Trickle Up Economics by Treasurer Chriss Street

Keynesian economics is alive and well

 I have just received another gem from OC Treasurer Chriss Street in which he points out our “deficit spending running in excess of $4 billion per day.” Does anyone care or have an easy solution? Many opine to simply throw out all incumbents and start over? Will a new Congress be any different? Can we turn this battleship before it sinks to depths that even explorer Jacques Cousteau never reached? 

“Trickle Up Economics 

Welcome to the wonderful world of “Trickle-Up Economics.”  With the impending passage of financial services reform as a compliment to the earlier legislative take-over of the automobile and healthcare industries, Congress will have empowered the federal bureaucracy to control approximately one-third of U.S. consumption.  Given the brutal economic failure of this type of “demand management” in the 1970’s, Americans need to be vigilant to the looming risk of economic decline that will serve as the reward for pursuing this type of dubious social engineering. 

After successfully maximizing industrial supply during World War 2, Congress reverted back to depression-era economic policies of demand management advocated by British economist Lord Keynes.   Keynesian philosophy hypothesized that it was the duty of Congress to protect society from overproduction, which lead to gluts, falling prices and recession.  Congress sought to control demand by fully regulating banking activities and keeping the maximum personal income tax rate at over 70%. 

Whenever the economy began to slow, Congress felt obligated to increase infrastructure spending and drive down interest rates to rescue demand.  Keynesian practitioners were supremely confident in their ability to employ targeted stimulus spending to return the economy to full employment and achieve price equilibrium.
Although possibly noble in concept, Congress interpreted these theories as a green light to escalate spending of taxpayers’ money on their allies, while empowering the Federal bureaucracy to mandate strict control of business activity and labor relationships.  A cadre of crony lobbyists worked intimately with Congress to make sure a high percentage of stimulus dollars trickled up into their client’s accounts, rather than benefiting the citizenry with full employment. 

After years of continued deficit spending and rising inflation, the US was forced to default on its pledge to allow convertibility of the US dollar into gold on August 15, 1971.  This traumatic event was the result of a collapse of confidence in the solvency of the US after gold reserves fell to 8,500 tons from 21,682 tons in just twenty years.  With the economy collapsing, Congress unleashed a decade of deficit spending that generated a mean cocktail of high inflation coupled with high unemployment, referred to as stagflation.  This failed Keynesian policy caused a liquidity crunches, stock market crashes, a sovereign debt crisis, bank insolvencies, currency devaluations and an explosion in the price of oil.  As a result of all this turmoil, gold sky-rocketed over 2300% to $850 an ounce by 1980.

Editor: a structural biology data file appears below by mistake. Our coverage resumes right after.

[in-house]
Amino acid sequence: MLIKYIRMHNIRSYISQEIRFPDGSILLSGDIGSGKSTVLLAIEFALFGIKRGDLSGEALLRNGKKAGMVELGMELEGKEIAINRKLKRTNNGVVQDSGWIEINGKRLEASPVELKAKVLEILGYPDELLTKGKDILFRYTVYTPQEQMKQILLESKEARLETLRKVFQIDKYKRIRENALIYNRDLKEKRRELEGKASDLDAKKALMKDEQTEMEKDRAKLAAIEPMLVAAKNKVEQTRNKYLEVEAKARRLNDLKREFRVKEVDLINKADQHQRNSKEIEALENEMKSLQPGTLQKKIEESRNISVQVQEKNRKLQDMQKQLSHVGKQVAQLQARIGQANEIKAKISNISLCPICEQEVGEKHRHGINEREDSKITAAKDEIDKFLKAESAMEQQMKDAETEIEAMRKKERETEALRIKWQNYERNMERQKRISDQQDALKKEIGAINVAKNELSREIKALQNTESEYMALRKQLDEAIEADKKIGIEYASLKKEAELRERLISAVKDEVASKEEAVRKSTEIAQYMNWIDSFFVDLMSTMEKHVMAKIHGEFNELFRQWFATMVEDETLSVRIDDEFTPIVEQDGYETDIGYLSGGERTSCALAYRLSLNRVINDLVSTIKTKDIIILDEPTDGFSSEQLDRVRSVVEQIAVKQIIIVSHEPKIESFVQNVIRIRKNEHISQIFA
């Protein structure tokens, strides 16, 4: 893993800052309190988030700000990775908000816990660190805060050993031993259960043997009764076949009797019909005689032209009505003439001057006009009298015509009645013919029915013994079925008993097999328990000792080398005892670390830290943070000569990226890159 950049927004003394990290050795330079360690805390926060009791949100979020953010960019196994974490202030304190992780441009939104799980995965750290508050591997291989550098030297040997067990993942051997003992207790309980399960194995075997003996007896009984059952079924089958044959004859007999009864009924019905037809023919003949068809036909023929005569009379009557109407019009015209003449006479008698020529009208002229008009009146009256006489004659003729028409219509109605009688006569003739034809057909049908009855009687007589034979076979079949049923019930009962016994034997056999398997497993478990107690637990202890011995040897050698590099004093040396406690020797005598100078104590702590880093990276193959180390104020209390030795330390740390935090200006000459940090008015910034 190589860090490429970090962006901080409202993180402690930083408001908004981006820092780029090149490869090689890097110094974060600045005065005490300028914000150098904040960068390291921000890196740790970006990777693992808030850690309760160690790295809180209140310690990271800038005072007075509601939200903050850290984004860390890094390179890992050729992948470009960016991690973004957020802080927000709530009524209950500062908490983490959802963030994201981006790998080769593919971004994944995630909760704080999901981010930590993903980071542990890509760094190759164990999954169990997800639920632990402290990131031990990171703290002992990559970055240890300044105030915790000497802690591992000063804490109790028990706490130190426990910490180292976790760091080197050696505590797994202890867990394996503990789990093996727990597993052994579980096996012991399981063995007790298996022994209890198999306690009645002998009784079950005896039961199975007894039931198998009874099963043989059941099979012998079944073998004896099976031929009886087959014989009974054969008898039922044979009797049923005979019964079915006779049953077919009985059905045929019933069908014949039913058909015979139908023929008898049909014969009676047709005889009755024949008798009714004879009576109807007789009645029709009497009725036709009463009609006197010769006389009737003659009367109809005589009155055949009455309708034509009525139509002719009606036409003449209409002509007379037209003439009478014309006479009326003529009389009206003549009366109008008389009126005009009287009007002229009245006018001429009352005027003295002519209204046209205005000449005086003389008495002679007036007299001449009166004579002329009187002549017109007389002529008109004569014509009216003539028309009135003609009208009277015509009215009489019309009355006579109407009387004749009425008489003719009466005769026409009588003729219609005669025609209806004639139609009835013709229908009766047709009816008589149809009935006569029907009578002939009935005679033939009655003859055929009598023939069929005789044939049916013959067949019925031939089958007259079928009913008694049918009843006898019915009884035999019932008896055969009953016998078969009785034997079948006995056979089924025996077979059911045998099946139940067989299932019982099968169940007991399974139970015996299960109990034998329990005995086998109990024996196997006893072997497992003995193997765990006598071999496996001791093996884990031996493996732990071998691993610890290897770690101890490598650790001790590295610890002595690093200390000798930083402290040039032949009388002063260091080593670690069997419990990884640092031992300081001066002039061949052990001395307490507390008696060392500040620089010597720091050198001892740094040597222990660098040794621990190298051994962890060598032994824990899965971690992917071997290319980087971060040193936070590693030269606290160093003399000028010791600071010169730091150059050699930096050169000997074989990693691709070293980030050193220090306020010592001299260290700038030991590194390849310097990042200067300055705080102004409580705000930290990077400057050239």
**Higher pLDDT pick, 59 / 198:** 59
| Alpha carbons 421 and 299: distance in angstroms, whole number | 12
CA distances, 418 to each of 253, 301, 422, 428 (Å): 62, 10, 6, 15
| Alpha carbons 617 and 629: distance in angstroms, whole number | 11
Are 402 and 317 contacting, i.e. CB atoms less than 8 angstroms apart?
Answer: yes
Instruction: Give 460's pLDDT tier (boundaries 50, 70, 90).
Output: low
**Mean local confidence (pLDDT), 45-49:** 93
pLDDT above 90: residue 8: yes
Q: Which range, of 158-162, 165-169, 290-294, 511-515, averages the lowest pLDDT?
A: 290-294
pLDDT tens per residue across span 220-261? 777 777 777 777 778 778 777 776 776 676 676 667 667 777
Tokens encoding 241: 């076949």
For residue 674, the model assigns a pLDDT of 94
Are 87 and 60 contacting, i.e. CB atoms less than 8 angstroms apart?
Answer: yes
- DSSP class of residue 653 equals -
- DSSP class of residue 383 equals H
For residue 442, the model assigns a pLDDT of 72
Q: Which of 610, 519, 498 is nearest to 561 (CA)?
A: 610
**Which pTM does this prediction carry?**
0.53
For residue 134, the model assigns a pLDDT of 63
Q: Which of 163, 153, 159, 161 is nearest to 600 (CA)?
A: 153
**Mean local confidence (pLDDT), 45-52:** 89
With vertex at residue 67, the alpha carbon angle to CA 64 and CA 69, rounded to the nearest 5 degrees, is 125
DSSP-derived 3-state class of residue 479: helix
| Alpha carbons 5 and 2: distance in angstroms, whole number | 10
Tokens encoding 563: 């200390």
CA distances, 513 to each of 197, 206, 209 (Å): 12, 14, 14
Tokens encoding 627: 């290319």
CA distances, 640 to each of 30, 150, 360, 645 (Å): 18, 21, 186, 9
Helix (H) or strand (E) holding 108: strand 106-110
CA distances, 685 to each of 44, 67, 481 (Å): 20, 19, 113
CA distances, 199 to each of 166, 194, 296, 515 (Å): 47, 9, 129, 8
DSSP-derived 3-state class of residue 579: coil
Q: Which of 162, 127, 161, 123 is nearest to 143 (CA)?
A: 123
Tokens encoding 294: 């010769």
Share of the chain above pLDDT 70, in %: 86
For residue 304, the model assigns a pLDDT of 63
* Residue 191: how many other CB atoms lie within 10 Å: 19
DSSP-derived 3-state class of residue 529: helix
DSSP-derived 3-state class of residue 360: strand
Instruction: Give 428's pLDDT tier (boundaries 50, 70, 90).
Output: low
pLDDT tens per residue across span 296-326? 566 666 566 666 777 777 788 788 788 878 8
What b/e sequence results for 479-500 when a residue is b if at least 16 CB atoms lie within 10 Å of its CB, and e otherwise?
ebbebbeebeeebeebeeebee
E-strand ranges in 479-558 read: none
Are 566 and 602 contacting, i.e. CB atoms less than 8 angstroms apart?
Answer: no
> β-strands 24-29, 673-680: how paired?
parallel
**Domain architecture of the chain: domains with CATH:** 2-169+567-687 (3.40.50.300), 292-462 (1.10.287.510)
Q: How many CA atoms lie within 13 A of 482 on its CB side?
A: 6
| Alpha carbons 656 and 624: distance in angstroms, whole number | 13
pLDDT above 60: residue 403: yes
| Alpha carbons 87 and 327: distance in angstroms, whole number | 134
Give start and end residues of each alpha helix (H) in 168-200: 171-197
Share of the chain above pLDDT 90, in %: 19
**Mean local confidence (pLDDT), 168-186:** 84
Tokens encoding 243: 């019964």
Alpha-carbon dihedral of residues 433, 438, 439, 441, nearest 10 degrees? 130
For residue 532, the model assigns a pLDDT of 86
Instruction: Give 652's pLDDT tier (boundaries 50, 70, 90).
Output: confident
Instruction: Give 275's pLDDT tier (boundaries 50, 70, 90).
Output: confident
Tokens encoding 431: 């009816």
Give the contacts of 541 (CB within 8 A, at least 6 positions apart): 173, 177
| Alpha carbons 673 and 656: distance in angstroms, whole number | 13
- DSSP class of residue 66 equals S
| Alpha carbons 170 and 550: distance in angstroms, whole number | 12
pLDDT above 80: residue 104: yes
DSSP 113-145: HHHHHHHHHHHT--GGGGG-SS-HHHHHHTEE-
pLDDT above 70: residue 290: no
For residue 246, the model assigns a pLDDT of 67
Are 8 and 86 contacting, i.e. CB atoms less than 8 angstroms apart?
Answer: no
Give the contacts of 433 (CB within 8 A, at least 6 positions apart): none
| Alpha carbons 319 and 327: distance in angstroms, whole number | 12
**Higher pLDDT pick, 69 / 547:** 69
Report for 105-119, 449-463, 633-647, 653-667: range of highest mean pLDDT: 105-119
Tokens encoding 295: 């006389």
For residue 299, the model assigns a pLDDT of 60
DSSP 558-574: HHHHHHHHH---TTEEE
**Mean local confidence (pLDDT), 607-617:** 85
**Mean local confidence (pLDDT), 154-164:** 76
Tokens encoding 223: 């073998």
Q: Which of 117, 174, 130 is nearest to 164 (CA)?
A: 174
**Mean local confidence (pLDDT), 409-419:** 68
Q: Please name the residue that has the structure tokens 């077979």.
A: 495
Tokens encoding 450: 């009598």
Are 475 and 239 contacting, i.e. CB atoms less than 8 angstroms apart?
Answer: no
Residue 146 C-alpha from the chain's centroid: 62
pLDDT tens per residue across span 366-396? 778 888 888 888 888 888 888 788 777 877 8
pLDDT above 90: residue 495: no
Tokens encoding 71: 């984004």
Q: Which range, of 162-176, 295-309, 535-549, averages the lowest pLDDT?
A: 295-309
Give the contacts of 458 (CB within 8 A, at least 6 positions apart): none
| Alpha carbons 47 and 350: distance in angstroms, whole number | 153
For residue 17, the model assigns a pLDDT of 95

After a decade of misery and as the result of a populist voter revolt, Congress was bludgeoned into temporarily relegating Keynesian demand management economics into the dust bin of history and reverting to policies focused on increasing supply.  The rate of personal income and capital gains taxes were slashed by over 50% and the regulatory burden was diminished.  Over the next 20 years, U.S. economic performance increased, inflation decreased and interest rates remained very low.  By the year 2000, the dollar was strong and the U.S. was running a budget surplus.
Flush with new “supply-side” generated tax revenue, Congress declared Keynesian war on the Middle East and the budget surplus.  New Congressional guns and butter stimulus spending doubled the national debt over the next seven years, setting off a huge real estate bubble.  When the bubble burst and asset prices declined, threatening the solvency of elites, Congress unleashed the full Keynesian playbook of crony stimulus spending.   

With Keynesian theory now back in vogue around the globe, Congress has been on a stimulus rampage!  Deficit spending is running in excess of $4 billion per day and our national debt just clocked in at a “lucky” $13 trillion.
But suddenly, we seem to be on our way back to the 1970’s.  A worldwide liquidity crisis is looming, stocks markets are crashing, bank insolvencies are increasing, sovereign debt is defaulting, the Euro is devaluing and gold just touched a new high at over $1,200 an ounce. 

Fortunately for the US, a populist voter revolt in early congressional elections is ejecting incumbents as punishment for their spending atrocities.  With Congress now running scared due to the agony they’ve inflicted, perhaps it’s not too late to stop the Keynesian death grip on our economy. As the revolt builds, now is the time to sweep trickle up economics where it permanently belongs…into the dustbin of history!”

About Larry Gilbert